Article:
The claim described texts from Burlakoff to Furchak and other sales colleagues regularly demanding that “doctors be held accountable” and that “doctors who are not increasing their clinical experience [prescription writing], please cancel, suspend, and cease doing speaker programs.”
The Department of Justice chose not to join Furchak’s suit and he withdrew it. Reached at his new job, Furchak said he stood by everything he had alleged but declined to comment further.
Conversations with former sales staff members support Furchak’s allegations that the speakers program was regularly used as a lever to pressure doctors to increase dosage strength as well as the frequency of their prescriptions for Subsys. In return, former sales staff members (who were granted anonymity in this story because of their involvement with the Department of Justice’s grand jury proceedings) often had to deal with doctors’ annoyance about payment levels or delays in receiving their checks.
The speakers program events have often been held at branches of Roka Akor, a tony sushi-steak restaurant company with venues in Scottsdale, Chicago and San Francisco that’s owned by Insys founder John Kapoor. Based on interviews with multiple attendees, the expenses often run into the thousands of dollars and, given the sheer number of events, have helped his restaurants capture a handsome revenue stream. An email to Insys CEO Michael Babich seeking comment was not returned by the time of publication of this article.
Former sales staff members also disagreed that Burlakoff’s full-throated rejection of off-label sales was shared by upper management. As evidence of this, two former salespeople pointed to a quarterly meeting in Atlanta for the Southeast region sales team in a June 2014 when CEO Michael Babich, during a question and answer session, read a question about the risk of off-label sales, given Cephalon’s steep penalty in 2008.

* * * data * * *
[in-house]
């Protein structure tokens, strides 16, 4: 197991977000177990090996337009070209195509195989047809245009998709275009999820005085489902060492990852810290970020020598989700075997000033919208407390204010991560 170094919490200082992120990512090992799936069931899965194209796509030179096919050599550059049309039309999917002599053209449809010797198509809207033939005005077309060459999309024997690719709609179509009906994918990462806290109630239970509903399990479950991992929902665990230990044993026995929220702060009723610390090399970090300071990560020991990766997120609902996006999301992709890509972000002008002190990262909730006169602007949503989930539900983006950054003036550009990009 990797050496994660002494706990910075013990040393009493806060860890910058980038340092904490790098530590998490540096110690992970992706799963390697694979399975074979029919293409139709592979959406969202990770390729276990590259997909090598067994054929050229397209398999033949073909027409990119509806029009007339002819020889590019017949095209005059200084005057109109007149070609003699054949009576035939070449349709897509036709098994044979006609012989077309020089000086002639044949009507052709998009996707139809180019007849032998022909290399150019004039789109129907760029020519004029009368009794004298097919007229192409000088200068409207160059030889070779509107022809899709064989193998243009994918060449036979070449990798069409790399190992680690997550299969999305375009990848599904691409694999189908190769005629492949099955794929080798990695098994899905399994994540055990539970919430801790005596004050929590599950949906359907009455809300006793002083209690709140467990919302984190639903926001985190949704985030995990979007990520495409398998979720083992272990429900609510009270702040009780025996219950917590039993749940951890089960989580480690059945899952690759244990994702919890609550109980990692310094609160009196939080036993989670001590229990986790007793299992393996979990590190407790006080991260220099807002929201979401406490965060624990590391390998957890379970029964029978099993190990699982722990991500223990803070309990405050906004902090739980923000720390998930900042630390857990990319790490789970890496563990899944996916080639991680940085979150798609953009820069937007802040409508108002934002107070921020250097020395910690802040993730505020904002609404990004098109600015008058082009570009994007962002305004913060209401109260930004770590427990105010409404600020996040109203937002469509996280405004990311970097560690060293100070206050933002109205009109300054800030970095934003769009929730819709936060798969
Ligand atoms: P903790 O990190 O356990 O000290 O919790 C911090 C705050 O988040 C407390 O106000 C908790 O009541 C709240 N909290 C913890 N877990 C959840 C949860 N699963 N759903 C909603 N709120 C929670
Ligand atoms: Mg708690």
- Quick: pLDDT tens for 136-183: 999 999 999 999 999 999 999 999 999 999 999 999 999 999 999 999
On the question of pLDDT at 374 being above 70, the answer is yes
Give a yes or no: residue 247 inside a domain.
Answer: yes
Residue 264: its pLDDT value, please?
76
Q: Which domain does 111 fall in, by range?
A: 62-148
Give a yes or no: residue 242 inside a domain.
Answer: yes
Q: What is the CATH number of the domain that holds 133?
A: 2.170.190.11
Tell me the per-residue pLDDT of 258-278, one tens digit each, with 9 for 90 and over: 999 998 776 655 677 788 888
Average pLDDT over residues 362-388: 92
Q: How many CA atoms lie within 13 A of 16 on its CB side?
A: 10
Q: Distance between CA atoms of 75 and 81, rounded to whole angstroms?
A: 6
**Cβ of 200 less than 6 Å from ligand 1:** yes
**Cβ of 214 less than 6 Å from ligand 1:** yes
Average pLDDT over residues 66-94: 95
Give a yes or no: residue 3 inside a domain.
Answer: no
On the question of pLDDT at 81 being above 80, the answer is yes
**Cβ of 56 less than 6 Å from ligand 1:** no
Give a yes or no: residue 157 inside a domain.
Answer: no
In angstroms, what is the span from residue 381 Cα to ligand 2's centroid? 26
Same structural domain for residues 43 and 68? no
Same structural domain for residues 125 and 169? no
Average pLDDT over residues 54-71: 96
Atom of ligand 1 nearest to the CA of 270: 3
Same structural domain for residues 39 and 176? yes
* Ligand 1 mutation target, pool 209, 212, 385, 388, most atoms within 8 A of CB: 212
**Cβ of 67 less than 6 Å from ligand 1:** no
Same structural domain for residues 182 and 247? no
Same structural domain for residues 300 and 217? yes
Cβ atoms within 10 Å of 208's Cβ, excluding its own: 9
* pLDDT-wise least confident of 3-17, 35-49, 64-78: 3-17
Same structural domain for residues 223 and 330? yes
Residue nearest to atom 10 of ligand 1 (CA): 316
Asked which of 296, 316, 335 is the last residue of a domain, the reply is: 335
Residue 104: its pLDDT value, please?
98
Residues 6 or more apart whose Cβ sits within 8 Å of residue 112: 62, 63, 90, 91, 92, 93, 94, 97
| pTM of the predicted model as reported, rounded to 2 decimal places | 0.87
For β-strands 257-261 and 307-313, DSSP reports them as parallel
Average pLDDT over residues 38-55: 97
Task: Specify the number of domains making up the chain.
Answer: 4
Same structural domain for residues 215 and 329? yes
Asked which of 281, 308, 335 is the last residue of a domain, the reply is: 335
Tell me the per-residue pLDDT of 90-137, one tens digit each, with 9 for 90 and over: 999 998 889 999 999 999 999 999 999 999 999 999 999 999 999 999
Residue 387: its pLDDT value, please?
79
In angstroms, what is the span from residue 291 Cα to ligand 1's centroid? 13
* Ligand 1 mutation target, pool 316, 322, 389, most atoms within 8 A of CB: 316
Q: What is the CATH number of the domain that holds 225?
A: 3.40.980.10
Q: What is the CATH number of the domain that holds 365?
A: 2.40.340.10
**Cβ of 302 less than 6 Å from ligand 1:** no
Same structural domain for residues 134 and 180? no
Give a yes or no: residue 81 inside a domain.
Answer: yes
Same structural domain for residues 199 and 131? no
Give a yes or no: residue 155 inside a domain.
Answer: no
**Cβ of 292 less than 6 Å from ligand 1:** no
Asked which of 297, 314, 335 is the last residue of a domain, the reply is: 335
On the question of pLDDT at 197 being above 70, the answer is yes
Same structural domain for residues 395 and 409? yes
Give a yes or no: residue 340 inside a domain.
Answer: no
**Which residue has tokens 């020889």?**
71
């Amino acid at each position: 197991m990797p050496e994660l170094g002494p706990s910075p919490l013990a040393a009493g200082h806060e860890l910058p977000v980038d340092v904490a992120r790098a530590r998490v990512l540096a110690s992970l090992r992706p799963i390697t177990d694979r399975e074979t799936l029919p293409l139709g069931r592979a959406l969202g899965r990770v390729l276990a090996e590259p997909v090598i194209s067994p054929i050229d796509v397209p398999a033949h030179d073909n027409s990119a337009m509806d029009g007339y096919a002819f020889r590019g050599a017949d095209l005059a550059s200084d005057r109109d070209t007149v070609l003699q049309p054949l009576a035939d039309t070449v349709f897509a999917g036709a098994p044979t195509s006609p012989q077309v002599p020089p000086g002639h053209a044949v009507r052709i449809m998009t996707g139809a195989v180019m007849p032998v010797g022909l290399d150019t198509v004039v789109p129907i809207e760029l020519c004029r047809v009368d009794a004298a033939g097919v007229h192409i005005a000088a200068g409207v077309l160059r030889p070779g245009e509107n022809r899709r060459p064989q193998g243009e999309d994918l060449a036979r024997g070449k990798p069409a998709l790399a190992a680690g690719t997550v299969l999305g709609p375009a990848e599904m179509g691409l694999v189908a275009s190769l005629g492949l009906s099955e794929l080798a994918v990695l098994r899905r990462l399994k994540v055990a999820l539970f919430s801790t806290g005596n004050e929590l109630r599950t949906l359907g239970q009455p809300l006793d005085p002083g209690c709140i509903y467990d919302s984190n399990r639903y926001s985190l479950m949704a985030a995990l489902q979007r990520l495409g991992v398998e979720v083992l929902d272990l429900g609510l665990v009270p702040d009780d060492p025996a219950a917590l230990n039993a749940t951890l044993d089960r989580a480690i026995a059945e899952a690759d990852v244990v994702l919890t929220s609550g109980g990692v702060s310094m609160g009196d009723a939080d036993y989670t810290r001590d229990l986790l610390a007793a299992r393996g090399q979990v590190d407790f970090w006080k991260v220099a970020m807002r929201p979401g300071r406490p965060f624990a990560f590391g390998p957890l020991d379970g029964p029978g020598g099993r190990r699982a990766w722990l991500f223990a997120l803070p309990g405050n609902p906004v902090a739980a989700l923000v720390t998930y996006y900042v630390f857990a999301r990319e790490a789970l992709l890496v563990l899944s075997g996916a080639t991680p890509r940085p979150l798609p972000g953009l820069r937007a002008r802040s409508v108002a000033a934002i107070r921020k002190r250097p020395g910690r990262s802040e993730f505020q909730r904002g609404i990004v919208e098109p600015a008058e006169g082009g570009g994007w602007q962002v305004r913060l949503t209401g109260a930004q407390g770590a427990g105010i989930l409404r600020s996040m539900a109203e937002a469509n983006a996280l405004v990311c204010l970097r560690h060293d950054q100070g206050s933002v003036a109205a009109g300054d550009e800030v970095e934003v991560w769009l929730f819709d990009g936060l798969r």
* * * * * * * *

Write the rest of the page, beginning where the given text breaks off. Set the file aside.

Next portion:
“I understand why you’re asking that question,” said Babich. “But Cephalon didn’t have TIRF-REMS; we do. You are protected because both the MD and the patient have signed it.”
Asked to elaborate, Babich said because of the TIRF-REMS requirement that the patient be extensively briefed on the risks of Subsys, there couldn’t be a plausible claim that the patient (or doctor) did not know what he or she were doing.
As one of the two attendees who described this event to SIRF put it, “There wasn’t much else to say about the issue when your CEO sees an information protocol as an insurance policy.”
Putting Insys’ assertions about serving cancer patients aside, the company’s bread is buttered by pain-management and physical-rehabilitation doctors, according to Tricare’s reimbursement and prescription data from Jan. 1, 2013, to May 31, 2014. Tricare represents about 9.5 million people, or 3 percent of the U.S. population.
Listed below are Tricare’s top 15 prescribers of Subsys.
Among the top 25 Subsys prescribers within the Tricare system, there are 20 pain-management physicians, one osteopath, one nurse practioner and three physician assistants. (See a full list of the top 25.)
The Southern Investigative Reporting Foundation attempted to contact Dr. Xiulu Ruan and Dr. Patrick Couch, partners in a Mobile, Alabama, practice, about the fact that they were the leading Subsys prescription writers by an impressive margin, to discuss this, as well as their ownership of C&R Pharmacy, which dispenses the drug to their patients. (About 50 percent of the Subsys dispensed in the United States is handled by Linden Care, a specialty pharmacy on New York’s Long Island, owned by Bell Health Ventures, a private-equity fund.)